Carotid endarterectomy for asymptomatic carotid stenosis is safe in octogenarians

Document Type

Conference Proceeding

Publication Date



Journal of Vascular Surgery








ACS-NSQIP; Asymptomatic carotid stenosis; Carotid endarterectomy; Cerebrovascular accident; Octogenarian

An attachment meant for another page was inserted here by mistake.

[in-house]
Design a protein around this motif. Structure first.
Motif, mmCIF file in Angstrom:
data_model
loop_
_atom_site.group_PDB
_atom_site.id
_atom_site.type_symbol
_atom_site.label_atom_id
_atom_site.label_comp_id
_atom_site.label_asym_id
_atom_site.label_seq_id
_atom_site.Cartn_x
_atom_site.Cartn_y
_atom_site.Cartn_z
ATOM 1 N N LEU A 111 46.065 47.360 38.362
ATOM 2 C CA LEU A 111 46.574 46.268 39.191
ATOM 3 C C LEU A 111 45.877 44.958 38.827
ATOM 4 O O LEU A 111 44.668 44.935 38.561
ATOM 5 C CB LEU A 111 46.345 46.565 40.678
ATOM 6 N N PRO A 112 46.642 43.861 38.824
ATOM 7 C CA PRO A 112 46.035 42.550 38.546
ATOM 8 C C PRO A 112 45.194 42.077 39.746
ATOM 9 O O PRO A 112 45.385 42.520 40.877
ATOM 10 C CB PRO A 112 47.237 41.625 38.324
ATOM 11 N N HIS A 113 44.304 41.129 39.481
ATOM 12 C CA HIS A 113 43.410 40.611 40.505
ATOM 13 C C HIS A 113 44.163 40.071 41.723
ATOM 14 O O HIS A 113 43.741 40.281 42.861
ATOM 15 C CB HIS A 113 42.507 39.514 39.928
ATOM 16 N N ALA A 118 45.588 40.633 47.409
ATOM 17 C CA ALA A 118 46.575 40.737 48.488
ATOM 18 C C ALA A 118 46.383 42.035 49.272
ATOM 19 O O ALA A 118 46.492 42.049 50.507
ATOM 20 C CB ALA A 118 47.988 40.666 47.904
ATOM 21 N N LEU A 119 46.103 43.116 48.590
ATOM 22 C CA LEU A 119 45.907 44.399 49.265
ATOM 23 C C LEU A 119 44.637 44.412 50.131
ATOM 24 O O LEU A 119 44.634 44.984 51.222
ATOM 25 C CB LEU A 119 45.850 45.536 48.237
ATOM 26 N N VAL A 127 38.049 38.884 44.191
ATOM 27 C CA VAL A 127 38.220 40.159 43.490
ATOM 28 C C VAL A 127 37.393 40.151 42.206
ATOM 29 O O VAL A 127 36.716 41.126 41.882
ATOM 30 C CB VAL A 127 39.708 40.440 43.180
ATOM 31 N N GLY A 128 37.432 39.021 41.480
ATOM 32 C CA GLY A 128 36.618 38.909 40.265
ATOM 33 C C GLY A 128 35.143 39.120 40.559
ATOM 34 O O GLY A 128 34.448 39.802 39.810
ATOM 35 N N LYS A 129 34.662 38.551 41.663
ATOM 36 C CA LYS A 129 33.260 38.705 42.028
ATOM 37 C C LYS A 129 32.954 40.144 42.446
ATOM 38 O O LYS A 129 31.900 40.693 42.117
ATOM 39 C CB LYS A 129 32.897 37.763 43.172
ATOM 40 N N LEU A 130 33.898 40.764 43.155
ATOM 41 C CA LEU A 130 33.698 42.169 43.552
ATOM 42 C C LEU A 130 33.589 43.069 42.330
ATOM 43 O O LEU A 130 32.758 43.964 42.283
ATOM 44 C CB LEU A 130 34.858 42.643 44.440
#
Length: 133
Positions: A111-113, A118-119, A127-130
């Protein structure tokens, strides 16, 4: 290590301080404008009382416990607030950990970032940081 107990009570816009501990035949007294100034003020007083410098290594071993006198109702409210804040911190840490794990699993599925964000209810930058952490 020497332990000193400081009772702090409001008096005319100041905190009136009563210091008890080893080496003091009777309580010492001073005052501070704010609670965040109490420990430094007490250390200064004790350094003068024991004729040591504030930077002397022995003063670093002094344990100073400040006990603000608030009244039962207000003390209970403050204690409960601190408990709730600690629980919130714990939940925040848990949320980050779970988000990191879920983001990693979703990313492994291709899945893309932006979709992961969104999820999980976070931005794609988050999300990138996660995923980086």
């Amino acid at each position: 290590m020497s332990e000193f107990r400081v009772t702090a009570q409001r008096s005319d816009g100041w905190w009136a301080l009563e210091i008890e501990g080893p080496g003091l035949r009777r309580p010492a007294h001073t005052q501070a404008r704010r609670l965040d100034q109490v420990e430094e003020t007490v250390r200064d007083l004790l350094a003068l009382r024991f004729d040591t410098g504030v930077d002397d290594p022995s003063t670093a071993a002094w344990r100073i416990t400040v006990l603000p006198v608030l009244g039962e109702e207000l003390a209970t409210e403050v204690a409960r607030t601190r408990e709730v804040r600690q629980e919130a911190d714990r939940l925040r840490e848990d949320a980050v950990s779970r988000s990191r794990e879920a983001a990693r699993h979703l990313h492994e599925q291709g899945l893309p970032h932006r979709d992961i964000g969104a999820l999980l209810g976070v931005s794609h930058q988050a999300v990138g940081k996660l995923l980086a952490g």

© 2019 Society for Vascular Surgery Objective: Carotid endarterectomy (CEA) is the gold standard to prevent a recurrent stroke in symptomatic patients with carotid stenosis. However, in the modern era, the benefit of CEA in asymptomatic octogenarian patients has come into question. This study investigates real-world outcomes of CEA in asymptomatic octogenarians. Methods: Patients who underwent CEA for asymptomatic carotid stenosis were identified in the American College of Surgeons National Surgical Quality Improvement Program CEA-targeted database from 2012 to 2017. They were stratified into two groups: octogenarians (≥80 years old) and younger patients (<80 years old). The 30-day outcomes evaluated included mortality and major morbidities such as stroke, cardiac events, pulmonary, and renal dysfunction. Multivariable logistic regression was used for data analysis. Results: We identified 13,846 patients with asymptomatic carotid stenosis who underwent an elective CEA including 2509 octogenarians and 11,337 younger patients. Octogenarians were more likely to be female and less likely to be diabetic or smokers compared with younger patients. There was no difference in preoperative use of statins or antiplatelet therapy. Examination of 30-day outcomes revealed that octogenarians had slightly higher mortality (1.2% vs 0.5%; odds ratio, 2.1; 95% confidence interval, 1.3-3.4; P <. 01), and a higher risk of return to the operating room (3.3% vs 2.3%; odds ratio, 1.4; 95% confidence interval, 1.1-1.9; P =. 01). However, there was no difference between octogenarians and younger patients in adverse cardiac events or pulmonary, renal, or wound complications. Twenty-five octogenarian and 138 younger patients suffered from periprocedural stroke at a similar rate (1.0% vs 1.2%; P =. 54). Stroke/death occurred for 51 of 2509 patients (2.0%) in the older group and 184 of 11,337 patients (1.6%) in the younger group, a difference that was not significant (P =. 15). Conclusions: The 30-day outcomes of CEA in octogenarians are comparable with those in younger patients. Although the octogenarians had slightly higher mortality than younger patients, the absolute risk of mortality was still low at 1.2%. Therefore, CEA is safe in asymptomatic carotid stenosis in octogenarians. Overall life expectancy and preoperative functional status, rather than age, should be the major determinants in the decision to operate.

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